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Plasma Physics (Physics/ECE/NE 922) Seminar
Applying Fast-Ion Transport Control Methods and Predictive Modeling in a Steady-State Tokamak Scenario
Date: Monday, September 13th
Time: 12:00 pm
Place: 2241 Chamberlin Hall
Speaker: Cami Collins , ORNL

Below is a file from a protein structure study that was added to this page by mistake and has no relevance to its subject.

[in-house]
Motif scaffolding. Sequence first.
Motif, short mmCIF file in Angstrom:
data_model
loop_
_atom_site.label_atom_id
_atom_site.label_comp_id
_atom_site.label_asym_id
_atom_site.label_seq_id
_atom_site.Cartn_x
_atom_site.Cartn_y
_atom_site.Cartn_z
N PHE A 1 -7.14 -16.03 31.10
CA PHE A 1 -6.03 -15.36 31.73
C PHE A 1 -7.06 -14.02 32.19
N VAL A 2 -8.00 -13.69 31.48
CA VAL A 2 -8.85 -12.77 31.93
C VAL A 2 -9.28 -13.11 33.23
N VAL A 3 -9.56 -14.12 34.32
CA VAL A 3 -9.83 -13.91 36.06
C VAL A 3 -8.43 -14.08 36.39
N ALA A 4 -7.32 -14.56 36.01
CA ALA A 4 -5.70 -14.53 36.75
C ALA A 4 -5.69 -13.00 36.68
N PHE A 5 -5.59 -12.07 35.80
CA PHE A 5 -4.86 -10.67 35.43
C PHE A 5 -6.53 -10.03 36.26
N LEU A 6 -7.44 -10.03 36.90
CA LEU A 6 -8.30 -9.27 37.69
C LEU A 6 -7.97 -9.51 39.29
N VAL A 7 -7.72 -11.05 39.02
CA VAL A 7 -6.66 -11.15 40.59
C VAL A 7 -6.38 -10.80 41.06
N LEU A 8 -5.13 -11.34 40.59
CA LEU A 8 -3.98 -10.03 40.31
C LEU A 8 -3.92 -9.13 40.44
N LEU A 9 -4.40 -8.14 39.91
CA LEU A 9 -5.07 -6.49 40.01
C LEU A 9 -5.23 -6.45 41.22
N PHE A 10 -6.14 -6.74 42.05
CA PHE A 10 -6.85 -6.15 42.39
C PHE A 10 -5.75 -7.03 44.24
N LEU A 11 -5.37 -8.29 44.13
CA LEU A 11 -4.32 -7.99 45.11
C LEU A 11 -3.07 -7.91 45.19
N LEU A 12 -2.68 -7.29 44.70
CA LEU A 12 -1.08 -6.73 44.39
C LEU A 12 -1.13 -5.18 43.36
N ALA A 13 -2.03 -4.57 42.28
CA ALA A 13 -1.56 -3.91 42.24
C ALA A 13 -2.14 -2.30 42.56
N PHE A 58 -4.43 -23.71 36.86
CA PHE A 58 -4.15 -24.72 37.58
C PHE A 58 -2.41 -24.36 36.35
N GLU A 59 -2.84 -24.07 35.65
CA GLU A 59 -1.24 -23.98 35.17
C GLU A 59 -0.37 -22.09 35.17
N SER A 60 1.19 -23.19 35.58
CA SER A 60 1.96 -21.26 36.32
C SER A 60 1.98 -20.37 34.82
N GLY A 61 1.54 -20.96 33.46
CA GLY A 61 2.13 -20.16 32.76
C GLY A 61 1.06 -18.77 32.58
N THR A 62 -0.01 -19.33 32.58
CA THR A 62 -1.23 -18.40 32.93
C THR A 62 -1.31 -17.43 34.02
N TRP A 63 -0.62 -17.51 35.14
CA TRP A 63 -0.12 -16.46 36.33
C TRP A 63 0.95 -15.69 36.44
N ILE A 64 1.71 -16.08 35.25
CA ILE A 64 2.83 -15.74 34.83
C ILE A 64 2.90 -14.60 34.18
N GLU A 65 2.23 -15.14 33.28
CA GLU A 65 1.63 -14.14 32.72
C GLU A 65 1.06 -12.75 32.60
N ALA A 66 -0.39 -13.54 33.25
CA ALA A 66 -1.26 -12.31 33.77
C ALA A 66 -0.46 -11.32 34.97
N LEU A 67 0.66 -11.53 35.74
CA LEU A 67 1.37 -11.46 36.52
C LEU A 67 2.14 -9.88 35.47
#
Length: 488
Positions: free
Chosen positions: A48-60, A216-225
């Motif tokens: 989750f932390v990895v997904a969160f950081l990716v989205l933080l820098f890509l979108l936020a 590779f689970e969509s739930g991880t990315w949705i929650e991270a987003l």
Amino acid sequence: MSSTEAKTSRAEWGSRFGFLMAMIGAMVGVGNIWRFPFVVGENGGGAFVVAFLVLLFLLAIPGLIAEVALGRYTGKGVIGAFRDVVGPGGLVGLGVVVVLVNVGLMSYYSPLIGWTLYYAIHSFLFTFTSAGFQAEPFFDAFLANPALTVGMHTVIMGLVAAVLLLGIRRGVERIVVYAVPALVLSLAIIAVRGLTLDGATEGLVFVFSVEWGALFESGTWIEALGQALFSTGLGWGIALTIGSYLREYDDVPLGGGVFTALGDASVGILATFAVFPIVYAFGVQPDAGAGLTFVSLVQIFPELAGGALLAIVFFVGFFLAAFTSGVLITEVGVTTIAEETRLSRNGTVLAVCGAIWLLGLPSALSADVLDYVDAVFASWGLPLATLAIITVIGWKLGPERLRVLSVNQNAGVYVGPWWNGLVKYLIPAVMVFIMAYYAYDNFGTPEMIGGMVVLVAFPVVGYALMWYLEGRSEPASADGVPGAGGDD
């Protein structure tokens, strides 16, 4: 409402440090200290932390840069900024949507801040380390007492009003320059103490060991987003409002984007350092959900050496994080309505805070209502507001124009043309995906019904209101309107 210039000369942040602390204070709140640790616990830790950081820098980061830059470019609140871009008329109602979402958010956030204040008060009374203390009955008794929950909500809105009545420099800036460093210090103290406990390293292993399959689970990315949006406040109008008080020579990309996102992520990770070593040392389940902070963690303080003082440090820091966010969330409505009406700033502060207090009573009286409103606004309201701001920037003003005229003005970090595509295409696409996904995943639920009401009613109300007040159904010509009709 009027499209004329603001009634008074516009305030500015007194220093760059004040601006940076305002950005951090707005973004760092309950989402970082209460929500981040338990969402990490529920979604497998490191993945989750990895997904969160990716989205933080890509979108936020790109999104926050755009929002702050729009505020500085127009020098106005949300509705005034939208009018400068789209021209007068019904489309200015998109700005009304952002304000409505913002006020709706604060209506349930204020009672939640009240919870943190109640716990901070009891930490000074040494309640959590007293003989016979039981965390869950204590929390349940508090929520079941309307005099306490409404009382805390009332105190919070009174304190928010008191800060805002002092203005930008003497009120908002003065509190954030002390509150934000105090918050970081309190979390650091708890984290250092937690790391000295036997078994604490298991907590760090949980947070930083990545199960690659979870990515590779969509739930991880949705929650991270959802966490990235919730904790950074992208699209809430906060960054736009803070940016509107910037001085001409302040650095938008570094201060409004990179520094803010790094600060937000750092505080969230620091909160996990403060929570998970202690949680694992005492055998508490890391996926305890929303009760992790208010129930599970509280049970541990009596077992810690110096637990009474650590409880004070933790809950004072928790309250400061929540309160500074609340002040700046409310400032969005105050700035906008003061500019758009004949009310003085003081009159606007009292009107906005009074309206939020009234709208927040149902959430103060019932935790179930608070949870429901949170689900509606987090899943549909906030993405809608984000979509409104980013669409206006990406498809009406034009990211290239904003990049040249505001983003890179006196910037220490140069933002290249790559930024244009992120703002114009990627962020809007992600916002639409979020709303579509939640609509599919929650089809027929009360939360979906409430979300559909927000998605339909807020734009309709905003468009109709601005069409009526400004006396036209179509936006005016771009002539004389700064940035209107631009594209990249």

Abstract: The viability of steady-state scenarios in ITER and future tokamak reactors relies on effective heating by energetic particles (EPs) to achieve high beta and bootstrap current. Experiments in the DIII-D tokamak show that a broadened fast-ion pressure profile and q-profile manipulation enables better control of performance-degrading Alfvén Eigenmodes (AEs), improves EP confinement, and allows access to new regimes with 15% higher normalized plasma beta than previously achieved in steady state scenarios with negative central shear and qmin>2. To clarify the impact of EP transport on thermal profiles, the TGLF-EP+Alpha critical-gradient model is used to calculate AE-induced EP transport. The model diffusion is used in TRANSP, reproduces the measured neutron rate within 5% in a wide range of evolving plasma conditions, and enables better thermal profile predictions. This has exciting applications in integrated modeling for scenario development and reactor scoping studies.
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